The judge was skeptical — until I showed him that the additional defendants had forged both a set of articles of incorporation and a doctor’s business license.

The judge looked at the forged documents. He looked at the evidence that proved the documents were forged. Then, he exploded.

He gestured and yelled: "I don’t like it when people play fast and loose with the law." And with a stroke of a pen, he held the additional defendants liable.

I wonder what that judge thinks of the 9th Circuit Court of Appeals’ refusal last week to allow a terrorist victim’s family to hold an Iranian national bank in California liable on a judgment against Iran.

In Flatow v. Bank Saderat Iran the 9th Circuit decided whether heirs of American Alisa Flatow ("Flatow"), a New Jersey native who was murdered when the bus she was riding on in Israel in 1995 was bombed, could enforce their judgment against property owned by Bank Saderat Iran in Carlsbad.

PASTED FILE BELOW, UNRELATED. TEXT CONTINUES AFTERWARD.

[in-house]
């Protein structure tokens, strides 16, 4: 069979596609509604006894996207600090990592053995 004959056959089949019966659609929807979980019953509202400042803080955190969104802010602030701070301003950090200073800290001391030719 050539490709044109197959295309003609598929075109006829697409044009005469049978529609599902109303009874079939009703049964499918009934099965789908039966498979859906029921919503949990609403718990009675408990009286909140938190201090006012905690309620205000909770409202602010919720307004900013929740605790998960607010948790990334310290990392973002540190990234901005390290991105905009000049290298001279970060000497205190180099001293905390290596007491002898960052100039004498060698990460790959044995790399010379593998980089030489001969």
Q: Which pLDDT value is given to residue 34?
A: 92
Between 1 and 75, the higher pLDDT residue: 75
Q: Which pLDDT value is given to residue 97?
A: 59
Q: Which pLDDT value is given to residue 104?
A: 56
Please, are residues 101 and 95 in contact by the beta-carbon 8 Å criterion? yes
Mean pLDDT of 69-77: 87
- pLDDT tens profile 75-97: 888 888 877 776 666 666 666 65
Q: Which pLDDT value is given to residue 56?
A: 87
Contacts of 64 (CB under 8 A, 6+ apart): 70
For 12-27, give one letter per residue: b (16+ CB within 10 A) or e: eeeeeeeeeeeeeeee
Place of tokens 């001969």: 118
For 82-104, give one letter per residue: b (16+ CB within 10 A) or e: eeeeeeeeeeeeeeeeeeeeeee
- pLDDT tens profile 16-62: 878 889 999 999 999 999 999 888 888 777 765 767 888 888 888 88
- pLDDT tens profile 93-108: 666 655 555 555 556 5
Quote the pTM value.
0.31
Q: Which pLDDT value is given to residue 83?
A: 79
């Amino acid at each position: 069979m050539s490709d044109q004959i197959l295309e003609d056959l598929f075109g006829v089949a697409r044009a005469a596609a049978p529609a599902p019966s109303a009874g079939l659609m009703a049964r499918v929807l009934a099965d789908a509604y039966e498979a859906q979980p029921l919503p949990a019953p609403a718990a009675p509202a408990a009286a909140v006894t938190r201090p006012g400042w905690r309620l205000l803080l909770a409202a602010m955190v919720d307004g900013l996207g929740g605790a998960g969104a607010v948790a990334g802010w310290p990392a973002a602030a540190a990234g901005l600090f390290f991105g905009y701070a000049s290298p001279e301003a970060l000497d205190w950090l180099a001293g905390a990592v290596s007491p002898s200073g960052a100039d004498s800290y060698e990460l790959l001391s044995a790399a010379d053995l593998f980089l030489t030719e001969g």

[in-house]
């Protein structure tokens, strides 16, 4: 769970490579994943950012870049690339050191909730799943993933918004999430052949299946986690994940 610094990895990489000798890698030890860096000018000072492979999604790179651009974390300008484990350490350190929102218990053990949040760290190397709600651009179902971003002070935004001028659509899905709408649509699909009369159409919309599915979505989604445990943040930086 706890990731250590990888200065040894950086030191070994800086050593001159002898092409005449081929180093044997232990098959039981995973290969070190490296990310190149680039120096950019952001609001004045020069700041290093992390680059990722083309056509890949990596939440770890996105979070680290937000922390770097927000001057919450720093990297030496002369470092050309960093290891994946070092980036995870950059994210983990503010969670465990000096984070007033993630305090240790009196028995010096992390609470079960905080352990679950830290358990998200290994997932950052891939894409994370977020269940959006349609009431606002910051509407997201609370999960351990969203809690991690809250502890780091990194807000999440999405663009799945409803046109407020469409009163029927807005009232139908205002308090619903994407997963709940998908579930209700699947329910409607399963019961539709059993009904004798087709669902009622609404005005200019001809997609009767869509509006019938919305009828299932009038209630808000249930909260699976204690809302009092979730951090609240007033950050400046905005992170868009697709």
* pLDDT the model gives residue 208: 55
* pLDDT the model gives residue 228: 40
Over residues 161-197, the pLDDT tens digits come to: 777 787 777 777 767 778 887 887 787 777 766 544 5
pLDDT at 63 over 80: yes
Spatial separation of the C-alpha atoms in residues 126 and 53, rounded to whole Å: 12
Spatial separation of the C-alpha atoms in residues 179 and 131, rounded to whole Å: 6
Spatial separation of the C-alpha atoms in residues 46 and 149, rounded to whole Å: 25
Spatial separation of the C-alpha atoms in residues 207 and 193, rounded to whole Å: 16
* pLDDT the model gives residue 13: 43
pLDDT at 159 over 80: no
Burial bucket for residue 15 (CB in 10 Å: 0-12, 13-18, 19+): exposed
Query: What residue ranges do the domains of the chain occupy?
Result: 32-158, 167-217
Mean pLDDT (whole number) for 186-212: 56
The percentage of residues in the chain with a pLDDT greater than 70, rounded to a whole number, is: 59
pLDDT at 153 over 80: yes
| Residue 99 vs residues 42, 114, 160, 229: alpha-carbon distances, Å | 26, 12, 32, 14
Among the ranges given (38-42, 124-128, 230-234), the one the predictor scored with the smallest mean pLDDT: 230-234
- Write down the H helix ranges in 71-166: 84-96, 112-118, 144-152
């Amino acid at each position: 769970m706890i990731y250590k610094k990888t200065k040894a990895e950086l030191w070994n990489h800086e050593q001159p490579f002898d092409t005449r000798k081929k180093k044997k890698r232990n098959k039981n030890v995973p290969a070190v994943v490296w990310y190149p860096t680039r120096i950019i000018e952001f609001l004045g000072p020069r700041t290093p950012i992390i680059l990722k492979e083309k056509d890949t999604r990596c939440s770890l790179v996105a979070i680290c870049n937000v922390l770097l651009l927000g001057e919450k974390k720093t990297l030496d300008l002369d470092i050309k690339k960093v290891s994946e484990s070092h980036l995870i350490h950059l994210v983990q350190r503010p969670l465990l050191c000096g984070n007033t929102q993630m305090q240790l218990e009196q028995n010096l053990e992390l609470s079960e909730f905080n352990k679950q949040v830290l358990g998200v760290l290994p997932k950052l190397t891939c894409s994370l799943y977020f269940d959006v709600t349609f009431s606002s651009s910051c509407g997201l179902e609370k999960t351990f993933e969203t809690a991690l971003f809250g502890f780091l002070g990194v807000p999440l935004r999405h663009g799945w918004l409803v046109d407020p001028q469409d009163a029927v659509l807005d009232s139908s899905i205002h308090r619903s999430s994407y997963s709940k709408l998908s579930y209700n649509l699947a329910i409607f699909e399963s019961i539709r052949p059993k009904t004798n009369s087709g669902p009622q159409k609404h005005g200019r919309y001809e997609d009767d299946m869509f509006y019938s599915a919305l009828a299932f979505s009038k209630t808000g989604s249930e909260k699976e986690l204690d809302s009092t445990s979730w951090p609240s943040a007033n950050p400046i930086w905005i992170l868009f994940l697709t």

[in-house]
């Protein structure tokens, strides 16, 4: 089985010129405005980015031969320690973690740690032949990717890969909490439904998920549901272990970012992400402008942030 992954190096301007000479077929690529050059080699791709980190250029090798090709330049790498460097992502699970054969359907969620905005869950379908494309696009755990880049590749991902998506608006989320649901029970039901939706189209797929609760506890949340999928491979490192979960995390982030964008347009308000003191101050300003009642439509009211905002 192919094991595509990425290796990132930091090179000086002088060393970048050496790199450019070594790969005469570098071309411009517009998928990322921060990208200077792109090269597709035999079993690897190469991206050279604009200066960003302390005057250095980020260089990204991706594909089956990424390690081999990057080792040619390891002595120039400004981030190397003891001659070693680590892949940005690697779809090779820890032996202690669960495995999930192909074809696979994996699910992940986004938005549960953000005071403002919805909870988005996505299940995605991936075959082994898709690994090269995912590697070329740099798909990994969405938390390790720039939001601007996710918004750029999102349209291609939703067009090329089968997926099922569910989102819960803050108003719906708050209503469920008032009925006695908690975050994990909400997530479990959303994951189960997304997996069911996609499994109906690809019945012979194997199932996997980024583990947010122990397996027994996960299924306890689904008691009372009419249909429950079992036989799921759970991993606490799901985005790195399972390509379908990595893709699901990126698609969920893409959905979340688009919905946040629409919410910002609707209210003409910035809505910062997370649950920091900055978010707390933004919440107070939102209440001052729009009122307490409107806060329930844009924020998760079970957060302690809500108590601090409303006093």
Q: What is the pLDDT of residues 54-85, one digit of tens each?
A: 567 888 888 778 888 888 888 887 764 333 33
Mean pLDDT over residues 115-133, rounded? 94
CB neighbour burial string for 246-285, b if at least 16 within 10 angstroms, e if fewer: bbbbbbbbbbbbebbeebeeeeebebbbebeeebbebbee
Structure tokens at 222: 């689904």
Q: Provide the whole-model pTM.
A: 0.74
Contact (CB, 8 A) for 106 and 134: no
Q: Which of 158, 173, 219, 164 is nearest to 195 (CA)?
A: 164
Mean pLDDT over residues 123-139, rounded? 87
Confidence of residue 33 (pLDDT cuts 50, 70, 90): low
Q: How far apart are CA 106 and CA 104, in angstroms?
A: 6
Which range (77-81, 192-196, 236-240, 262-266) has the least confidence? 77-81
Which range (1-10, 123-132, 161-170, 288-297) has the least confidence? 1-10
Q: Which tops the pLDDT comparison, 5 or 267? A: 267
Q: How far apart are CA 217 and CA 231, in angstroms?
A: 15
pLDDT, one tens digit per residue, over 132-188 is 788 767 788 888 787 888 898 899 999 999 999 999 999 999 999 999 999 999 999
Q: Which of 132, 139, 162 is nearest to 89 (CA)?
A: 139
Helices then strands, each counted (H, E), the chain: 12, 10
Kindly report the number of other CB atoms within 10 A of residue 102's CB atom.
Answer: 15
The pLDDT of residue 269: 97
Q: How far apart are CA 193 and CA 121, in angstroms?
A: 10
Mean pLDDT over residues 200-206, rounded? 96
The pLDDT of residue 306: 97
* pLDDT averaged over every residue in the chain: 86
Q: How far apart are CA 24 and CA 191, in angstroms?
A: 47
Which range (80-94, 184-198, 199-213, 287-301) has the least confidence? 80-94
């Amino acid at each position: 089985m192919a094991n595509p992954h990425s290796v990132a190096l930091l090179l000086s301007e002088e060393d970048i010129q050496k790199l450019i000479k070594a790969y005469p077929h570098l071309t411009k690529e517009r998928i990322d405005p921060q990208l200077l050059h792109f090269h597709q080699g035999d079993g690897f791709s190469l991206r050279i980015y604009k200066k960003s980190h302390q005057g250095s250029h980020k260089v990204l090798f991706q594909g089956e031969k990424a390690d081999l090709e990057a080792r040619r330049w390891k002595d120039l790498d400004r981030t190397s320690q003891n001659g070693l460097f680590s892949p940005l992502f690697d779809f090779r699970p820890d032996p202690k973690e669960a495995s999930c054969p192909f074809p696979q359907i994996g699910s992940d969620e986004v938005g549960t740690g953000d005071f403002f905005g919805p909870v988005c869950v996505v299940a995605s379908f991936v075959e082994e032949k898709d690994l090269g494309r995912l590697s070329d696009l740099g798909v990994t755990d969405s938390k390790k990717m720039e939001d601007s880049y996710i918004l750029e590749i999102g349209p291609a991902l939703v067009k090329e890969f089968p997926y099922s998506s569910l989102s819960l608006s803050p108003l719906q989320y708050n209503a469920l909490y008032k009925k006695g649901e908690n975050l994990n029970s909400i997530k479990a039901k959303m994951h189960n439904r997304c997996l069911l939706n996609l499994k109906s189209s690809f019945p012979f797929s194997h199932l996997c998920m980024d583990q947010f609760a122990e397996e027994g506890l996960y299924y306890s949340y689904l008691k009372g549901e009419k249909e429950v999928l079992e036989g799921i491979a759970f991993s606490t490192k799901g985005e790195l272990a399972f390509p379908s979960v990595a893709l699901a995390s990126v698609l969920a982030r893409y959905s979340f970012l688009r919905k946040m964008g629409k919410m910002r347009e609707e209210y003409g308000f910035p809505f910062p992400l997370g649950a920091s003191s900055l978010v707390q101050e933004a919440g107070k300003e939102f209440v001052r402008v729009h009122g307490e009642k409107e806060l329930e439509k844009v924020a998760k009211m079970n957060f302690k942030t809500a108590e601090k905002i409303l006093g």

Flatow had already won a judgment against the Islamic Republic of Iran: Iran had provided material support and resources to the terrorists. The sole question was whether the property held by an Iranian national bank could be used to satisfy the judgment.

The 9th Circuit relied upon a 1983 case where Citibank recovered assets from a Cuban national bank as a setoff against property seized by Cuba.

In the case, the court had found a nationalized Cuban bank to be wholly owned by Cuba, but would only hold the bank liable on the Cuban regime’s debts if the claimant could show either that the bank was acting as an agent of the Cuban government, or that the claimant was entitled to recover the money to prevent fraud and injustice.

In Flatow, the 9th Circuit found the Iranian bank to be wholly owned by the government — it was nationalized in 1979 — but rejected the contention that the Iranian national bank was a principle-agent of the Iranian government, or that justice required payment to Flatow.

I have some sympathy for the 9th Circuit. It, like many Western legal and government institutions, is now struggling to address the right to recover from Islamic terrorists within the Western framework of jurisprudence.